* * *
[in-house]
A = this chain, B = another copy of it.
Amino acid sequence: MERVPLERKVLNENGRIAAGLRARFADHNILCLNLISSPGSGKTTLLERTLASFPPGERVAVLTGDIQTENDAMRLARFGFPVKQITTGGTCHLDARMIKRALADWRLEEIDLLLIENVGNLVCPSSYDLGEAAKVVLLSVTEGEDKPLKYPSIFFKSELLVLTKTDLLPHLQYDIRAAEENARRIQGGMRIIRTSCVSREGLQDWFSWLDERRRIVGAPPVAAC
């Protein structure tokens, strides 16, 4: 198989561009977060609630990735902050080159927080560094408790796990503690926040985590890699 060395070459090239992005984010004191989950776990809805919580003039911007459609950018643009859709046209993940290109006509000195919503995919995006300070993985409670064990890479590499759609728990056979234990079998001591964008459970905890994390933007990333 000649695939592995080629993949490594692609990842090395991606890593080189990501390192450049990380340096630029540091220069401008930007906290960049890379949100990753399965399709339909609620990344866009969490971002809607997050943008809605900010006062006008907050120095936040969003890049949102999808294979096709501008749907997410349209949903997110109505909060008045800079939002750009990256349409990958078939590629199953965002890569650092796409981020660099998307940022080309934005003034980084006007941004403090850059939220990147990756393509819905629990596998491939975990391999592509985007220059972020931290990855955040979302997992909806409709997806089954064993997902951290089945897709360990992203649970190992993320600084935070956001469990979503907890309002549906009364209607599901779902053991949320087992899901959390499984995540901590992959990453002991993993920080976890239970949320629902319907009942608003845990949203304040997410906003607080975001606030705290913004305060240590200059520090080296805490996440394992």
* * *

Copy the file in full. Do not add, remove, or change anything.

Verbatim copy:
[in-house]
A = this chain, B = another copy of it.
Amino acid sequence: MERVPLERKVLNENGRIAAGLRARFADHNILCLNLISSPGSGKTTLLERTLASFPPGERVAVLTGDIQTENDAMRLARFGFPVKQITTGGTCHLDARMIKRALADWRLEEIDLLLIENVGNLVCPSSYDLGEAAKVVLLSVTEGEDKPLKYPSIFFKSELLVLTKTDLLPHLQYDIRAAEENARRIQGGMRIIRTSCVSREGLQDWFSWLDERRRIVGAPPVAAC
């Protein structure tokens, strides 16, 4: 198989561009977060609630990735902050080159927080560094408790796990503690926040985590890699 060395070459090239992005984010004191989950776990809805919580003039911007459609950018643009859709046209993940290109006509000195919503995919995006300070993985409670064990890479590499759609728990056979234990079998001591964008459970905890994390933007990333 000649695939592995080629993949490594692609990842090395991606890593080189990501390192450049990380340096630029540091220069401008930007906290960049890379949100990753399965399709339909609620990344866009969490971002809607997050943008809605900010006062006008907050120095936040969003890049949102999808294979096709501008749907997410349209949903997110109505909060008045800079939002750009990256349409990958078939590629199953965002890569650092796409981020660099998307940022080309934005003034980084006007941004403090850059939220990147990756393509819905629990596998491939975990391999592509985007220059972020931290990855955040979302997992909806409709997806089954064993997902951290089945897709360990992203649970190992993320600084935070956001469990979503907890309002549906009364209607599901779902053991949320087992899901959390499984995540901590992959990453002991993993920080976890239970949320629902319907009942608003845990949203304040997410906003607080975001606030705290913004305060240590200059520090080296805490996440394992």